Eid'l Fitr 2020: 'The bigger the test, the greater our faith'
MANILA, Philippines – Jun Datu-Ramos, 46, remembers the Eid’l Fitr feasts of his childhood: there was good food; his whole family was present; and everyone was full of joy because they knew their sins were forgiven and they did what was pleasing to God.
Eid’l Fitr celebrates the end of the fasting month of Ramadan, when Muslims are prohibited from eating or even drinking water as they exercise patience and self-control while helping the poor. (READ: Why Muslims celebrate Eid’l Fitr, the end of monthlong fasting)
Eid’l Fitr this year, however, is different from the feasts of Datu-Ramos' youth: mosques are closed; public gatherings are prohibited; and many countries remain on lockdown due to the COVID-19 pandemic that has affected millions around the globe.
Datu-Ramos, spokesperson of the National Commission on Muslim Filipinos (NCMF), said they have been advised to stay home, and to just invite an imam to conduct Eid’l Fitr prayers in private gatherings of no more than 5 to 10 people.
Saidamen Pangarungan, secretary of the NCMF, said Muslims indeed observed Ramadan in unprecedented ways this year.
“Undoubtedly, these are faith-testing times. But the bigger the test, the greater our faith in Allah. Ramadan comes to an end and our sacrifices and reflections still deserve a solemn and profound celebration. We should view these tests as an opportunity through unshaking faith to honor Allah,” Pangarungan wrote in his message for Eid’l Fitr this year.
While mosques remain closed, Pangarungan noted too how COVID-19 gave Muslims the opportunity to pray more to Allah, to read the Quran, and to develop patience – “a perfect way of internalizing the beauty of Islam.” (READ: [REFLECTIONS] Ramadan and isolation in the time of COVID-19)
Pangarungan also said he is proud of how Muslims have acted during the coronavirus lockdown. He said the NCMF, through the volunteerism of their personnel, was able to help 100,000 beneficiaries around the country, including orphans, indigents, and people who lost their jobs due to the pandemic. (READ: [REFLECTIONS] How Ramadan can prepare us for a post-pandemic life)
“The good hearts of Muslims shone brightly in easing the pain and suffering of those who were helpless and hungry. The pandemic exposed the weakness of most, but was also able to highlight one of the most important teachings in Islam, which is charity,” Pangarungan said.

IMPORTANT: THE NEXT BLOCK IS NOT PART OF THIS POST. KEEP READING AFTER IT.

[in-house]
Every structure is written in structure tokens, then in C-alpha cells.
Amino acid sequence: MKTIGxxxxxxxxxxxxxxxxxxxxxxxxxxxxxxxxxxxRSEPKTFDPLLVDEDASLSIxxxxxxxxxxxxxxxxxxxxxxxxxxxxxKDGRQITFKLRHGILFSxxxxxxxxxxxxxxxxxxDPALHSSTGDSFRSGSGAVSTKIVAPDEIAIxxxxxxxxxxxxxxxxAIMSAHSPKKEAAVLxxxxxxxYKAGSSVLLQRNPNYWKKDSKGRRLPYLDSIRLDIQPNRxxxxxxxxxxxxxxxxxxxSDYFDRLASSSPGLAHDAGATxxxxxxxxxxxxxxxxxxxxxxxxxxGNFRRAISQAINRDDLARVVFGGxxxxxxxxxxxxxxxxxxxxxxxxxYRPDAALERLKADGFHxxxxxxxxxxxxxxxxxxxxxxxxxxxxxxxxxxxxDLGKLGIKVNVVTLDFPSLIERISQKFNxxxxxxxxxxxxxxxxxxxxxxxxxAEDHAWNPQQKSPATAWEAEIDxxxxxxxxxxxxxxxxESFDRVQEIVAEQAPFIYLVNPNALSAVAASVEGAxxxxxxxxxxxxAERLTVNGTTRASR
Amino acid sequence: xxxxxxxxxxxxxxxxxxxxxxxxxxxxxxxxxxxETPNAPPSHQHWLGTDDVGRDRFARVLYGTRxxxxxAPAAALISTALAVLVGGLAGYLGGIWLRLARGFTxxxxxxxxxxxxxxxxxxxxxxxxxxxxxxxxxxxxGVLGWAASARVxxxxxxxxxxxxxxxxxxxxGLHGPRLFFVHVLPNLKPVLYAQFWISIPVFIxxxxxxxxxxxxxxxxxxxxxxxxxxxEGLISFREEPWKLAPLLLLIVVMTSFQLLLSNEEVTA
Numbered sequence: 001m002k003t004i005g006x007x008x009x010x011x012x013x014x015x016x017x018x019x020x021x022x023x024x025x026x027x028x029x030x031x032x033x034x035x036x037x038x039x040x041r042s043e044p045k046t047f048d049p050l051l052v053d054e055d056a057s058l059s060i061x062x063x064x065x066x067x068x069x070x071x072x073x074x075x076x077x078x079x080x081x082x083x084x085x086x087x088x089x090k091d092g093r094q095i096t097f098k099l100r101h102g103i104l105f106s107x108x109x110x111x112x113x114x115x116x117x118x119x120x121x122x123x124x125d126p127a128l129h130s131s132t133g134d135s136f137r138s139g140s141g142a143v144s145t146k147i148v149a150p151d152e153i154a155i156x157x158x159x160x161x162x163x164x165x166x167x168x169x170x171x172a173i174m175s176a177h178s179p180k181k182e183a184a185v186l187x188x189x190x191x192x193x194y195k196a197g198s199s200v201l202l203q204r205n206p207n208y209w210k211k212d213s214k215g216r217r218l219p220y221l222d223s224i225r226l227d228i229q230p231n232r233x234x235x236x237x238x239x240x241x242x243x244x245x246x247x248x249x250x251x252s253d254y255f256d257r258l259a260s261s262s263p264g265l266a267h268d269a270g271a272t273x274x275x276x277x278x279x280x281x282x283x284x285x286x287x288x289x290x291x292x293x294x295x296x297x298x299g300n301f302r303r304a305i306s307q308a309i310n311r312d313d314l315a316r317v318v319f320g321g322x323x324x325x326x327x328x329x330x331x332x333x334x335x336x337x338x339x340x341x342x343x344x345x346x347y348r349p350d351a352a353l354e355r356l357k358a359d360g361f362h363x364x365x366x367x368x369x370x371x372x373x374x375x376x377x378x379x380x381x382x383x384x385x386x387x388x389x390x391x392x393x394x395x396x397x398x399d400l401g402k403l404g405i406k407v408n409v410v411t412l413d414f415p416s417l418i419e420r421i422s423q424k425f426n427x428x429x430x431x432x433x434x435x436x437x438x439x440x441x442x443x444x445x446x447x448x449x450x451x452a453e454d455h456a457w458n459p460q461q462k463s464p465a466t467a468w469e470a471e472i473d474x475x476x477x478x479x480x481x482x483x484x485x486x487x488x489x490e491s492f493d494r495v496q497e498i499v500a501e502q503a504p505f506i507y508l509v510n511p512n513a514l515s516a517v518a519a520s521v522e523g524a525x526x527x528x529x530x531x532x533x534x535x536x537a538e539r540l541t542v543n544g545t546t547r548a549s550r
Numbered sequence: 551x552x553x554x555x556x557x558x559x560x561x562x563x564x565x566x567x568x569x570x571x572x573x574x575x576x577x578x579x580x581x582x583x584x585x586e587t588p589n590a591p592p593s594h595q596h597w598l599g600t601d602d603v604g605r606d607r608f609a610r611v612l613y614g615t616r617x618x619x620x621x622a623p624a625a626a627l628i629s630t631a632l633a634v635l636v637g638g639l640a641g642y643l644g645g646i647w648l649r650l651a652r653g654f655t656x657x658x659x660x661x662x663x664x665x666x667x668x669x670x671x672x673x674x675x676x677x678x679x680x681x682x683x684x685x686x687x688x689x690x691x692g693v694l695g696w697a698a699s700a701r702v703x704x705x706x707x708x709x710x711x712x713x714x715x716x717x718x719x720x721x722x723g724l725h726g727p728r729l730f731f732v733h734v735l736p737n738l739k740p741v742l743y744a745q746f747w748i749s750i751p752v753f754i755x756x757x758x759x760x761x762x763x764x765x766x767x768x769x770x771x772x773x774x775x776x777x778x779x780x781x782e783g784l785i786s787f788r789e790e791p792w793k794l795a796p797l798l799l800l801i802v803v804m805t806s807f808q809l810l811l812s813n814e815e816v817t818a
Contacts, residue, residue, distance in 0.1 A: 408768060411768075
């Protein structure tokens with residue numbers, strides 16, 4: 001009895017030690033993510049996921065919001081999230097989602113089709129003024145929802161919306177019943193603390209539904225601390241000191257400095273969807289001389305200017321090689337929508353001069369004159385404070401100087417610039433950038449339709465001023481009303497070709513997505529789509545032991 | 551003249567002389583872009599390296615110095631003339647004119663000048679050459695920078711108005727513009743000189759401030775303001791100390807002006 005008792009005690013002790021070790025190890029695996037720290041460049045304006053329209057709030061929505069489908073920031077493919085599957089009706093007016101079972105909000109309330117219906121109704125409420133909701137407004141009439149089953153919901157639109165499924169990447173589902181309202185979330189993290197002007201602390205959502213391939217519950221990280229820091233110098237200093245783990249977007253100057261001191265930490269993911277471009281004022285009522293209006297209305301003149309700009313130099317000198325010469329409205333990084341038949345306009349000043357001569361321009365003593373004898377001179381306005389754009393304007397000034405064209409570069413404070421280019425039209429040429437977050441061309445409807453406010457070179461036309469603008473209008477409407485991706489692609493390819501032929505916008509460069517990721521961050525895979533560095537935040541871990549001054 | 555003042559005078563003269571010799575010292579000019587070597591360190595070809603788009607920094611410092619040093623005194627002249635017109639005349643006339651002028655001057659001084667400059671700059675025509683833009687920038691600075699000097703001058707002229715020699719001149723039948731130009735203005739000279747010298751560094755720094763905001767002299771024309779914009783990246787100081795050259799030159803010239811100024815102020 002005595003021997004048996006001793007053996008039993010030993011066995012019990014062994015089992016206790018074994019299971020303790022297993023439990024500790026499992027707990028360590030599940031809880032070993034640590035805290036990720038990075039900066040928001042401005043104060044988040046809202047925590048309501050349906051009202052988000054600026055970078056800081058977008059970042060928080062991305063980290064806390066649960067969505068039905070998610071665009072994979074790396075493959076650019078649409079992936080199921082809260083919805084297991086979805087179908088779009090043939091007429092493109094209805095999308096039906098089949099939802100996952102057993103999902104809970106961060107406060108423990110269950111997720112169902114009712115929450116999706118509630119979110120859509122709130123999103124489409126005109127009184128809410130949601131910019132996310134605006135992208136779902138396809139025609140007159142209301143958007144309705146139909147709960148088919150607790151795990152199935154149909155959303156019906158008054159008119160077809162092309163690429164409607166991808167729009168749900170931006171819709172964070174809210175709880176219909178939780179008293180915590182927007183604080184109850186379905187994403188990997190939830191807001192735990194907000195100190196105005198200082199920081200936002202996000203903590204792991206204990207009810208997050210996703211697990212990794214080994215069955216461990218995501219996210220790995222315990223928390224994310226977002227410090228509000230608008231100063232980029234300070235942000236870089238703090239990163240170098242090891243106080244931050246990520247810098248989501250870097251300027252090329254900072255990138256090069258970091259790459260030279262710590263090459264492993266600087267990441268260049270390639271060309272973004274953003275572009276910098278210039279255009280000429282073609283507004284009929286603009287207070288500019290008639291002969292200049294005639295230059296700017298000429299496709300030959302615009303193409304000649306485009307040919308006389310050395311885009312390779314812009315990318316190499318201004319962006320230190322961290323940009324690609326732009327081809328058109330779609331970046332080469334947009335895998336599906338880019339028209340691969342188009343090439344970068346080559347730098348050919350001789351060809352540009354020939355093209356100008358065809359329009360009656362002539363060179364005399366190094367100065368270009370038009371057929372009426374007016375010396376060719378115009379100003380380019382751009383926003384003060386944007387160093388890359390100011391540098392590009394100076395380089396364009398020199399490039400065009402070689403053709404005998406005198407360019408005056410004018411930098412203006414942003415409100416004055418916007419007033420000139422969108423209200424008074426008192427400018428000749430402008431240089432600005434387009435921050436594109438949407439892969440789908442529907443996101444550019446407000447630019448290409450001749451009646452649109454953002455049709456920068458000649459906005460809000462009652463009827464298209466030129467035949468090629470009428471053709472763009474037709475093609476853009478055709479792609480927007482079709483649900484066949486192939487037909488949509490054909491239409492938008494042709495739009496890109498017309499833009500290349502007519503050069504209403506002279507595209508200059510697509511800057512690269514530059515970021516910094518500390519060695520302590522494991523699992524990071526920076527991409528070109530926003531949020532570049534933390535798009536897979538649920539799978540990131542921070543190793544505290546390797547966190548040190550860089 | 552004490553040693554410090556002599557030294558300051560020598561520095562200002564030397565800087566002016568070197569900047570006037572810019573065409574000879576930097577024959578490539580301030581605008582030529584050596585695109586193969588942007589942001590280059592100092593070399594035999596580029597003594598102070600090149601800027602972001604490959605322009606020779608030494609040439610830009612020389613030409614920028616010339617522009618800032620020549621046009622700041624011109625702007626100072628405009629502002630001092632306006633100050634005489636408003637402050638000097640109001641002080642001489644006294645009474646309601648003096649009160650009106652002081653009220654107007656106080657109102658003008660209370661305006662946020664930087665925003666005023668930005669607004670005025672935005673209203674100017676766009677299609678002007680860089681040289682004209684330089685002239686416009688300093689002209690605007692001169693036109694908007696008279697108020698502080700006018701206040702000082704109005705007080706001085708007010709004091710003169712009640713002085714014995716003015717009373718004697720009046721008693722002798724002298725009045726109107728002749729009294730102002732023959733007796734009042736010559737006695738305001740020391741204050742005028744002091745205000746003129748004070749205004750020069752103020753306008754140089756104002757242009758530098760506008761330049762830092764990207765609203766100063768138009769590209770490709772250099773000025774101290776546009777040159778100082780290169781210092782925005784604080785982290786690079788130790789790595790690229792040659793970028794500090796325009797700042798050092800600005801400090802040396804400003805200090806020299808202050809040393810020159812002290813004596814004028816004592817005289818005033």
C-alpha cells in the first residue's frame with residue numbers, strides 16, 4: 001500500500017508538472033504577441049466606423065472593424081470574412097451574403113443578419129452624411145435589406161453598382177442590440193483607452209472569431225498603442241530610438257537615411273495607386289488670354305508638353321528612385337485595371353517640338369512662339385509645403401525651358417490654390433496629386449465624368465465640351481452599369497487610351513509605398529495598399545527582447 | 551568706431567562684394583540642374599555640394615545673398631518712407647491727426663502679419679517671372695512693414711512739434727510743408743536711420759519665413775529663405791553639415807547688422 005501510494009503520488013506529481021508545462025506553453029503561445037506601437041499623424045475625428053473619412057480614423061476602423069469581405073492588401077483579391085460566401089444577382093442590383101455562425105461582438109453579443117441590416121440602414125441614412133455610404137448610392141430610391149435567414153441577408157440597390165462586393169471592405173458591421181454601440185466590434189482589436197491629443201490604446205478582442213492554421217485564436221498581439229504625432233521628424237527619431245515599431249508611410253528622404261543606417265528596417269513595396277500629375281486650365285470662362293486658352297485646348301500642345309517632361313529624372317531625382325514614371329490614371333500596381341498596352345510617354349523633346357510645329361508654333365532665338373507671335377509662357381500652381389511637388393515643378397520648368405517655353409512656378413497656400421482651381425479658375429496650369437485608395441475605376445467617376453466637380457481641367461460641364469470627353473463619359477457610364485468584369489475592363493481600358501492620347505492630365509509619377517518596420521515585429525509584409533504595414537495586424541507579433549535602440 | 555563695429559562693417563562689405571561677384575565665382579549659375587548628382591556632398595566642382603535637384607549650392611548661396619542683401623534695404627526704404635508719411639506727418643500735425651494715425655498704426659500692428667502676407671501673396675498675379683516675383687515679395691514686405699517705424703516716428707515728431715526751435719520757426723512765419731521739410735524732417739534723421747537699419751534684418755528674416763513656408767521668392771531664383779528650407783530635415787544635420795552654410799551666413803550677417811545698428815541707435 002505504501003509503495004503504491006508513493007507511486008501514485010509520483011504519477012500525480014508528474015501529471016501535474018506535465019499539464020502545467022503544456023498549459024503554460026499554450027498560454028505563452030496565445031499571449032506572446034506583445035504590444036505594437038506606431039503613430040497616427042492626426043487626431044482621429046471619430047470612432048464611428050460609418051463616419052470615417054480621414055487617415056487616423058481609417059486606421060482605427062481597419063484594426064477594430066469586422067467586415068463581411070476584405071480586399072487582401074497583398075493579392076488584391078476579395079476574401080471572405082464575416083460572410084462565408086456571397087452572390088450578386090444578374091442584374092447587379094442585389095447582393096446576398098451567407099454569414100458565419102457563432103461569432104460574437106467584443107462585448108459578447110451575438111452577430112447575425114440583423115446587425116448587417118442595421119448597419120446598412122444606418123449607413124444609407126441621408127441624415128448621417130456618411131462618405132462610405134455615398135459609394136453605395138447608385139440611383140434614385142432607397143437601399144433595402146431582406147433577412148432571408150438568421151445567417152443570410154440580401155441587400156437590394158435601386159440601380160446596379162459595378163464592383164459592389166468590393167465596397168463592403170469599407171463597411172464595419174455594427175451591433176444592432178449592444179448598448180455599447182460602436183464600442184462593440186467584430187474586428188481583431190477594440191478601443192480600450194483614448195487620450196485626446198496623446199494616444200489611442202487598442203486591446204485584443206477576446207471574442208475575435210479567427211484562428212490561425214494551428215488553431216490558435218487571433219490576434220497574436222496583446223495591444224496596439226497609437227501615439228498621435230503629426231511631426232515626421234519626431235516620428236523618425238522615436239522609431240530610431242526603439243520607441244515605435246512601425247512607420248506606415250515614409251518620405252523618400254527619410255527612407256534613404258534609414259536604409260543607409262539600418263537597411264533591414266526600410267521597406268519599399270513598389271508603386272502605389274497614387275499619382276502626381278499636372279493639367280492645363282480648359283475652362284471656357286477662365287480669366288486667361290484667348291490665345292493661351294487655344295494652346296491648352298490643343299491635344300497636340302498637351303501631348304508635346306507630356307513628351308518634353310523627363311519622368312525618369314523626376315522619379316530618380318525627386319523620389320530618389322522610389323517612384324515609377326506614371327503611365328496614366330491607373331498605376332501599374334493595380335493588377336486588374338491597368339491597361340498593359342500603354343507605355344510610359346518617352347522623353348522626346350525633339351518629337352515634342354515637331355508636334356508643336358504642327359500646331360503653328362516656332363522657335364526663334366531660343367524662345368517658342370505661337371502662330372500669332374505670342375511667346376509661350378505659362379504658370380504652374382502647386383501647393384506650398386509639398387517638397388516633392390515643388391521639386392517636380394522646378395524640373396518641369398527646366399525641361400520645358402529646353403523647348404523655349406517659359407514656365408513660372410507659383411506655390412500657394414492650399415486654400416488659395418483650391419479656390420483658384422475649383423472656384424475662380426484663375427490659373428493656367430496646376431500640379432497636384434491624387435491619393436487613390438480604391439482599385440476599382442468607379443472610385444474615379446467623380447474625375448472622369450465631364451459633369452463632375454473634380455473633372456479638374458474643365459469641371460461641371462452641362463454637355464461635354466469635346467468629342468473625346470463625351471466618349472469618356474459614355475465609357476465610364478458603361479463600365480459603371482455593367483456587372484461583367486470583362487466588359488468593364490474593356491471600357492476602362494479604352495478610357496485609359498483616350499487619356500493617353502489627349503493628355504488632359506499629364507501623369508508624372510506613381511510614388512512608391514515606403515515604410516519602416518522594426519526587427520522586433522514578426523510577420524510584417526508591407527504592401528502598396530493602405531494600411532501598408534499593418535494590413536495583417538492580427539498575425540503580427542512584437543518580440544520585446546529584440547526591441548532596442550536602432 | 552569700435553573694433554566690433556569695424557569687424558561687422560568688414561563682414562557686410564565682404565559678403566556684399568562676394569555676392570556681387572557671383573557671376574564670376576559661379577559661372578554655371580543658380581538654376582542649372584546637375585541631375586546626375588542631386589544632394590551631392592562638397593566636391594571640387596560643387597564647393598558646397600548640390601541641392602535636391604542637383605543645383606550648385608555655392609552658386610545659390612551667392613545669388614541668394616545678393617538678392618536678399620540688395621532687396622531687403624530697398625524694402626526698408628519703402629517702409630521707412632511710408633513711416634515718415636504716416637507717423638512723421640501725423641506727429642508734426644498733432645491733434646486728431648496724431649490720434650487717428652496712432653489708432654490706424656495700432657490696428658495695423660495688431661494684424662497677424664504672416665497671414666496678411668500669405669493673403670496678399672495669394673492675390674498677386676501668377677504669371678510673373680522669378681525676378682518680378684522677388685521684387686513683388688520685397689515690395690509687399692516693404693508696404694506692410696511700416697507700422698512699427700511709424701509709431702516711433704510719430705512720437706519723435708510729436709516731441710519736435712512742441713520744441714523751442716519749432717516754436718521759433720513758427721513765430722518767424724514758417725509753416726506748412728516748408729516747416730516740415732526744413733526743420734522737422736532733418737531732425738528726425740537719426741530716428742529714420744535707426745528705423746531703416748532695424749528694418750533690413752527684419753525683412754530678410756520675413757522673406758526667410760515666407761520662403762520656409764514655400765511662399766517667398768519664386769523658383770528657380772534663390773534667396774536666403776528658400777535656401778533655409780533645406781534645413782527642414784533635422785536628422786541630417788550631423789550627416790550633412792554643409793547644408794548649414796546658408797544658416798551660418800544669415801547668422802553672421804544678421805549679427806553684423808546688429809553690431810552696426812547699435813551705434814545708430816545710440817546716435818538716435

Marawi Siege anniversary, too
Zia Alonto Adiong, parliament member of the Bangsamoro Autonomous Region in Muslim Mindanao, noted that Eid’l Fitr this year comes not only as the country faces COVID-19.
The feast also coincides with the 3rd anniversary of the 2017 Marawi Siege, when terrorists linked to the Islamic State (ISIS) seized the Islamic city of Marawi in the southern Philippines. The battle between the local terrorists and the Philippine government lasted 5 months, killing 168 soldiers and leaving tens of thousands homeless.
Civil society leaders said on Saturday, May 23, that up to 126,775 individuals still live as evacuees on the outskirts of Marawi and in other areas, leaving them more vulnerable to COVID-19.
“For the Bangsamoro people, most especially the Meranaos, the threat of COVID-19 makes the rebuilding and rehabilitation of Marawi City all the more urgent and necessary,” Adiong said.
At the same time, he encouraged his fellow Muslims in the face of their trials, saying that “our faith also reminds us that we are not given burdens that we cannot bear.”
“Our burdens are only as heavy as our belief in the mercy and compassion of Allah, and the trials we confront are sent to us with the intention of strengthening our faith in Allah and affirming our commitment to each other as brothers and sisters,” Adiong said.
Muslims interviewed by Rappler said they celebrate Eid’l Fitr to thank Allah for the fruitful fasting month of Ramadan, and to remind themselves of the lessons of fasting: obedience to God and compassion for the poor and hungry.
Datu-Ramos said Eid’l Fitr emphasizes the value of compassion, “since our fasting makes us experience how the poorest of the poor live on a daily basis, without having access to clean water and food.”
It also stresses generosity to the poor, “which is our acceptance that worldly wealth is from God, and that we have no right to deprive our brothers and sisters in faith of what God meant to be shared by all.”
“When it comes to human suffering, such as hunger and extreme poverty, compassion for your fellow men is the greatest sacrifice you can give and offer to our God,” Datu-Ramos said. – Rappler.com